Rolls-Royce plans massive modernization of aging plant

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Jet engine maker Rolls-Royce Corp. is planning to invest hundreds of millions of dollars to upgrade its Tibbs Avenue plant, a project that would bring the factory up to par with newer company facilities elsewhere and solidify the future of its Indianapolis operations for decades to come.

Jim Guyette, who is retiring next month as CEO of Rolls-Royce North America, said during an IBJ aviation and aerospace breakfast Tuesday morning that after years of study, "we are putting the finishing touches on these plans and will have more to say in the weeks ahead." He called the existing Tibbs Avenue facilities, built in the 1940s, "relics of the past" that are not competitive.

Also at the event, Purdue University President Mitch Daniels announced plans to create a 980-acre aerospace technology park in West Lafayette that will house public and private aerospace research facilities.

Both Guyette and Daniels were featured speakers at Aviation & Aerospace in Indiana, a symposium sponsored by IBJ and the Indiana Economic Development Corp.

Everything but the concrete at the Rolls-Royce plant is obsolete, said Tom Bell, president of Rolls-Royce Defense and a panelist at the event. The World War II-era plant was designed to last five years and is in desperate need of wide-ranging improvements to position it for the long term. (A video interview with Bell appears below.)

The site employs 1,500 workers making engines for aircraft ranging from passenger jets flown by locally based carrier Republic Airways Holdings to the Global Hawk surveillance plane.

Asked after the event whether the investment would result in new jobs, Guyette said: "It's solidifying what we have and mondernizing our facilities to make them competitive."

Neither Guyette nor Bell would release cost projections, though Bell acknowledged the tab would run into the hundreds of millions of dollars.

A decision by the board of directors could come this summer. A green light would spark five years of upgrades that likely would result in the elimination of some unneeded plant space.

The British company’s headquarters is in London, but its North American headquarters is in Reston, Virginia. Its largest North American manufacturing plant is at Tibbs Avenue and Raymond Street. Most of its white-collar work force operates from a former Eli Lilly and Co. campus on the south edge of downtown. About 1,500 of the 2,500 downtown workers are engineers.

The Purdue project aims to attract more aviation companies to the campus.

Purdue Research Park Aerospace District in West Lafayette will be the university’s fifth research park—after locations in West Lafayette, Indianapolis, Merrillville and New Albany. Existing locations house 260 companies employing 4,500. The firms are involved in research, education and technology.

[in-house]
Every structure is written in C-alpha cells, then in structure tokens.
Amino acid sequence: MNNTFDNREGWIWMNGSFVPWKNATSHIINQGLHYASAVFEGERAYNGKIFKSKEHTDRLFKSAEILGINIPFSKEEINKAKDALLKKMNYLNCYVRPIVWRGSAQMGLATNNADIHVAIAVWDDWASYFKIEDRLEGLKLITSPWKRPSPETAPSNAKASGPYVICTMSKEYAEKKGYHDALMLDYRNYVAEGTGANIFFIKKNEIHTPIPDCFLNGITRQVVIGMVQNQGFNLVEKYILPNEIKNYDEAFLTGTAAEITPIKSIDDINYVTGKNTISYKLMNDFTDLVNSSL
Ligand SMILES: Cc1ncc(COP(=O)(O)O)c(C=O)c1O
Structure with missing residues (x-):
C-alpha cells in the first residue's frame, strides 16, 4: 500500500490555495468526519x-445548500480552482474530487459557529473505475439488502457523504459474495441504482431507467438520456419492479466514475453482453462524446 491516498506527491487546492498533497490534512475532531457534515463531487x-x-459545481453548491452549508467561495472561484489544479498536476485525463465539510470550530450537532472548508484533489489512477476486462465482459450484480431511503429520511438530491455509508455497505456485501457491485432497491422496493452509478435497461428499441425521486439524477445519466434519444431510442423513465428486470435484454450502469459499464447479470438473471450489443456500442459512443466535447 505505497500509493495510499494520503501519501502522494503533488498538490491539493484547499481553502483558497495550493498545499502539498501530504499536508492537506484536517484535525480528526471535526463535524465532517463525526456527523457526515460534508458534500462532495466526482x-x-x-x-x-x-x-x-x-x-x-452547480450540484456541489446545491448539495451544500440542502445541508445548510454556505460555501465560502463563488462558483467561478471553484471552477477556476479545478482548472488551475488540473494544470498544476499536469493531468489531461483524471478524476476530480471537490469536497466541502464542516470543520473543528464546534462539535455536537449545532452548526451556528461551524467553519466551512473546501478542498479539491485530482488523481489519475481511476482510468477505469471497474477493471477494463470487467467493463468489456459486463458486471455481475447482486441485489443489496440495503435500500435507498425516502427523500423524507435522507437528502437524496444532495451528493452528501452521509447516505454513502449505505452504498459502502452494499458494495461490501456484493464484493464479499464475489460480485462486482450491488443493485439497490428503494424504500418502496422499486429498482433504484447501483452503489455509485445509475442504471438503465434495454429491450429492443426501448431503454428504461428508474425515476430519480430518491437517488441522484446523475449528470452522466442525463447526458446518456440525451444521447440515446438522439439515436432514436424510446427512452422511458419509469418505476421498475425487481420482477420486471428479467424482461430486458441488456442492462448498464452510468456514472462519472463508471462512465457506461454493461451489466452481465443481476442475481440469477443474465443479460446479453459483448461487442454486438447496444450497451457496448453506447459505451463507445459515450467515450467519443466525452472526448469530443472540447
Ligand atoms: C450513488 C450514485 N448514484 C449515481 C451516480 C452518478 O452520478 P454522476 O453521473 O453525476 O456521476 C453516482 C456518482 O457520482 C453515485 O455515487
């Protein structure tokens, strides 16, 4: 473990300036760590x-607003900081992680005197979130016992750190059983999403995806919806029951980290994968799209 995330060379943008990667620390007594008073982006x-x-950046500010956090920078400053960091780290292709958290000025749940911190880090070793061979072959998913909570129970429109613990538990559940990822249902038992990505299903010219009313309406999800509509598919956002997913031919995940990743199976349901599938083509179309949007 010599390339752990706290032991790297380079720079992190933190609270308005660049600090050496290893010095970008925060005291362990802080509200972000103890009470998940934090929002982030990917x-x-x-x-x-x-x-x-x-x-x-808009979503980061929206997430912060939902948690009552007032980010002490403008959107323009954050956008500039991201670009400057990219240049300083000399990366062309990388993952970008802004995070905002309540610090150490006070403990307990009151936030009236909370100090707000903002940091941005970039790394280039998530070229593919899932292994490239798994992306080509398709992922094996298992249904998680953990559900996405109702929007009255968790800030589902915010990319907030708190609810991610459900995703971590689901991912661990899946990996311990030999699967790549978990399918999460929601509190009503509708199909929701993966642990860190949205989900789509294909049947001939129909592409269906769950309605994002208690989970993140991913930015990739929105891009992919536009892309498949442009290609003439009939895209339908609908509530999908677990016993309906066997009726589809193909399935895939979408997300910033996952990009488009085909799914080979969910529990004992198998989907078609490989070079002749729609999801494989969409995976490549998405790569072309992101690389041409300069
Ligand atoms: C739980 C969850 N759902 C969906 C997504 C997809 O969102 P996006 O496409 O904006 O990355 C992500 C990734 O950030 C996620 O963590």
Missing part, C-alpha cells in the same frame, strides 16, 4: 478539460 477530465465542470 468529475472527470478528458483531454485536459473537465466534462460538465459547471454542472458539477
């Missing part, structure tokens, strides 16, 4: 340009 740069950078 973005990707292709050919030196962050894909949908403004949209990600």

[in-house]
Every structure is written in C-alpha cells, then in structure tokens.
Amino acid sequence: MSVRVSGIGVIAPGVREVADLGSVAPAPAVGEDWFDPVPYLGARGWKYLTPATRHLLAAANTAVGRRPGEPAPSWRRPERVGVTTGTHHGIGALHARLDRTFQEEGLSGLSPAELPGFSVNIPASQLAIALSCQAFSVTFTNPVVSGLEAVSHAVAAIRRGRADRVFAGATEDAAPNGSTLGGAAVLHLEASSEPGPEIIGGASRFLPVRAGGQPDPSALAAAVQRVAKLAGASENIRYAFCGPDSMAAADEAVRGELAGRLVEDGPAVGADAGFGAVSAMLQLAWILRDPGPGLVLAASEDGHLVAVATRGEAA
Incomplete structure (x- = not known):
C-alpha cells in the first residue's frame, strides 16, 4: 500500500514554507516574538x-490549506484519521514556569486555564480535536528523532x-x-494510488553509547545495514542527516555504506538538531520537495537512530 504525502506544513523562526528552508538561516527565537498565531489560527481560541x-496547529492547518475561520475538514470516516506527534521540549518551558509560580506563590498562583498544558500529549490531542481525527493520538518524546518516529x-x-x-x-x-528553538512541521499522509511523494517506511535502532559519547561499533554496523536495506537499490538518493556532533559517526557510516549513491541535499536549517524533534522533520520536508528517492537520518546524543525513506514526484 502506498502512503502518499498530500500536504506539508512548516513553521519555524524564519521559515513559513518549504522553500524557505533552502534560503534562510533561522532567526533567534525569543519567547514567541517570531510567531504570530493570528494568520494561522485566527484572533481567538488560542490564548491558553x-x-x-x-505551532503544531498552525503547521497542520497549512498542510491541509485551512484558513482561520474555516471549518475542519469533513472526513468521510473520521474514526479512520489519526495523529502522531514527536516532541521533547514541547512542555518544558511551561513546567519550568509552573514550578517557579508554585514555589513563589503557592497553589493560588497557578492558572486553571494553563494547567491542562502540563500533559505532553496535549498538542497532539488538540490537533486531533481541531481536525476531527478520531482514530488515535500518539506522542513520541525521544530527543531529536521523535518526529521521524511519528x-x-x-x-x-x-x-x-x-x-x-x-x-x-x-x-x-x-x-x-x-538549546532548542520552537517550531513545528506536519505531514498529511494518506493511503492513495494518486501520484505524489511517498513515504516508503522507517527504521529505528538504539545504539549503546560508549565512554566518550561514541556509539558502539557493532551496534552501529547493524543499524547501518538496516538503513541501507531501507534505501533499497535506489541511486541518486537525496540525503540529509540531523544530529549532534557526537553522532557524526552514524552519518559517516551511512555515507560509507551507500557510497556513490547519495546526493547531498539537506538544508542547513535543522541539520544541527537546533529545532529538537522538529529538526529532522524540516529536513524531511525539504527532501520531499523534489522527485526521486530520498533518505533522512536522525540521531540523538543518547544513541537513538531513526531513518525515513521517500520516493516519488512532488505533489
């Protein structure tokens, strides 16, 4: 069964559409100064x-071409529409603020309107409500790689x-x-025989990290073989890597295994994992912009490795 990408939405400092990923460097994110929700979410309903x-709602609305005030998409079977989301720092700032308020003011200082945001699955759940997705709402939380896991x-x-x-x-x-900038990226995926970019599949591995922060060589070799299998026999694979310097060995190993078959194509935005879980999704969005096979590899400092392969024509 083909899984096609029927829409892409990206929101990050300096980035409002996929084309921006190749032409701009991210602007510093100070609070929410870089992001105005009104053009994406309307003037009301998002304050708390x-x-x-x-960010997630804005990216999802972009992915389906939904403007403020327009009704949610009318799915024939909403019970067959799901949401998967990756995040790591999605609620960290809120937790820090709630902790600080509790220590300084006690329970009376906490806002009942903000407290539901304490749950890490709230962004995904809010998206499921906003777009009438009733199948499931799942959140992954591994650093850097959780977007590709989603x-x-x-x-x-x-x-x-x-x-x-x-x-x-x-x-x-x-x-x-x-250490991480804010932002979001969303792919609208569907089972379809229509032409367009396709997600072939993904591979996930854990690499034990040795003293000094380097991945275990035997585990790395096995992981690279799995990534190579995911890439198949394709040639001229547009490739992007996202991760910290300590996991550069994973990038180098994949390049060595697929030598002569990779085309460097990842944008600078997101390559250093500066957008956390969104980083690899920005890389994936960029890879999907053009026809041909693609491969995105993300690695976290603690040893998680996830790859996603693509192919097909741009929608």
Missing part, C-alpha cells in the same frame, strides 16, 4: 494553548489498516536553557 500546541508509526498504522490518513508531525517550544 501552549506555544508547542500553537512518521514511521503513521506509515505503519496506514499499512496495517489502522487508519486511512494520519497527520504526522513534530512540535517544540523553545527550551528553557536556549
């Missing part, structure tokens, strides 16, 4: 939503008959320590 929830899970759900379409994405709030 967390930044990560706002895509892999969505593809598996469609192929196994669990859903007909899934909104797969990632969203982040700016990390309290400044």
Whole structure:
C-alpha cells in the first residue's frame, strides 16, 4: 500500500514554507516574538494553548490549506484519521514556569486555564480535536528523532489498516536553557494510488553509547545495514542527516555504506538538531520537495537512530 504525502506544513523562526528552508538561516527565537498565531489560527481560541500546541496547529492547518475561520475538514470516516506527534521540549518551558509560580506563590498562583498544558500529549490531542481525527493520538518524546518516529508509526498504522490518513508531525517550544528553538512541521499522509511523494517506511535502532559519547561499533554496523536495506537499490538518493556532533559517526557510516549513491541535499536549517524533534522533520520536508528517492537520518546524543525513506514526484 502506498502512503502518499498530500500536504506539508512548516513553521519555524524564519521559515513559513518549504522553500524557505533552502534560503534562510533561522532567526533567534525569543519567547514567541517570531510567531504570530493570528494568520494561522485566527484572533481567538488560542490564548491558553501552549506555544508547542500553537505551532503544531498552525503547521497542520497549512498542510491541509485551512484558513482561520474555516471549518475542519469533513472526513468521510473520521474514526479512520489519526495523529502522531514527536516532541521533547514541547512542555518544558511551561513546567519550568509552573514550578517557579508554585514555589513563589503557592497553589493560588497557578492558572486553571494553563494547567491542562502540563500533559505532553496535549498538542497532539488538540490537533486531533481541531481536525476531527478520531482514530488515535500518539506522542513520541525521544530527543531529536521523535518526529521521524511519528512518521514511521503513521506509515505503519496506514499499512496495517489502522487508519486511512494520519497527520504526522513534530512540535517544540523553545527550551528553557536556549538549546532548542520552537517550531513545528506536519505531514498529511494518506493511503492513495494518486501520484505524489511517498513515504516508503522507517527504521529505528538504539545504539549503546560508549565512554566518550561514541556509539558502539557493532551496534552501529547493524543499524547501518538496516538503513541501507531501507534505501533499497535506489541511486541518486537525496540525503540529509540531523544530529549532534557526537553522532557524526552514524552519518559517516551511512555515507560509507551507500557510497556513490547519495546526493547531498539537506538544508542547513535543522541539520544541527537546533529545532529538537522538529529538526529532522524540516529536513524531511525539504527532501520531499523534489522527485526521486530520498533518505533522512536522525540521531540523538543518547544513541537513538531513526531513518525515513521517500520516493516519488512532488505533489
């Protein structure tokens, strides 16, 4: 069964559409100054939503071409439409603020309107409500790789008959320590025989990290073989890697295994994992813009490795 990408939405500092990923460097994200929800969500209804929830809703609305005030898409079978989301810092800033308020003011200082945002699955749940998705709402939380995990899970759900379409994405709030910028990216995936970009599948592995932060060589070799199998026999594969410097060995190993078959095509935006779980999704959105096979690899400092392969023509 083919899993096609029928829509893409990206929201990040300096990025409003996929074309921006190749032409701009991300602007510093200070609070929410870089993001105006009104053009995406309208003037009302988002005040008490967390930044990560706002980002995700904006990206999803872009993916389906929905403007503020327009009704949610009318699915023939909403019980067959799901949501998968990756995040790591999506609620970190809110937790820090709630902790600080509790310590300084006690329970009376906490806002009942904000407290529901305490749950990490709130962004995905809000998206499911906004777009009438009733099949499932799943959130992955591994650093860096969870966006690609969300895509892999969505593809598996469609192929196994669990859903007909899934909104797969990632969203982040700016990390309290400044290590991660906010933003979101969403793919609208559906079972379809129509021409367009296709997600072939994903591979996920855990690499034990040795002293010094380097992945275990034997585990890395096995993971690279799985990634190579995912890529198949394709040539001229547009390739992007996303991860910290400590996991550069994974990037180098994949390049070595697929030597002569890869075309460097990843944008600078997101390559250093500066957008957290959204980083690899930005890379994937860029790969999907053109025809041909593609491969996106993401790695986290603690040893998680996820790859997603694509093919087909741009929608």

As part of the plans for the new park, the Purdue Research Foundation and Purdue aviation technology alumnus Scott Niswonger will acquire Lafayette Aviation, a fixed-base operation selling fuel, maintenance and other services. Niswonger, an Ohio native, founded companies including Greenville, Tennessee–based trucking firm Landair Transport Inc.

The aerospace district, which encompasses the Purdue University Airport and other land, will provide opportunities for aerospace companies interested in collaborating with Purdue to build research and development facilities.

During a panel discussion that was part of Tuesday's event, Bell and other aerospace executives said Indiana is doing a lot of things right to create a welcoming place for the industry, but that there is room for improvement.

Other panelists included Bob Hoffman, director of operations at electronics maker BAE Systems in Fort Wayne; Eric Matteson, Lafayette project leader for General Electric Aviation; and Todd Probert, vice president of mission support and modernization for Raytheon Co.

In the panel discussion and in interviews, they all praised what they said is an unusually high degree of cooperation among government officials in Indiana.

Officials from local to county to state levels don’t seem to be competing with each other so much as trying to land investment and jobs, they said, adding that such cooperation isn’t common in other states.

But the panelists said the state can do more to position itself to be attractive to aerospace companies.

Bell said science, technology, engineering and mathematics—STEM—education can’t be emphasized too much from the earliest years of education through the graduate level. Other places in the world already are.

In a related vein, Matteson said the jet engine plant he’s bringing online in Lafayette this winter is making a priority of hiring people who not only excel in STEM skills, but also are able to think entrepreneurially, as if they’re in a small company. So-called “soft skills” like leadership figure large. In fact, much of the hierarchy of a traditional manufacturing plant will never have a chance to take root at the new site, he said.

Indiana has plenty of students who fare well in STEM disciplines, Bell said. The trick is to persuade them to stay after graduating.

Increasingly, newly minted engineers want to work at places like Rolls-Royce’s downtown Indianapolis campus, and live in lofts and walk to entertainment. Indianapolis needs to keep making itself attractive, he said.


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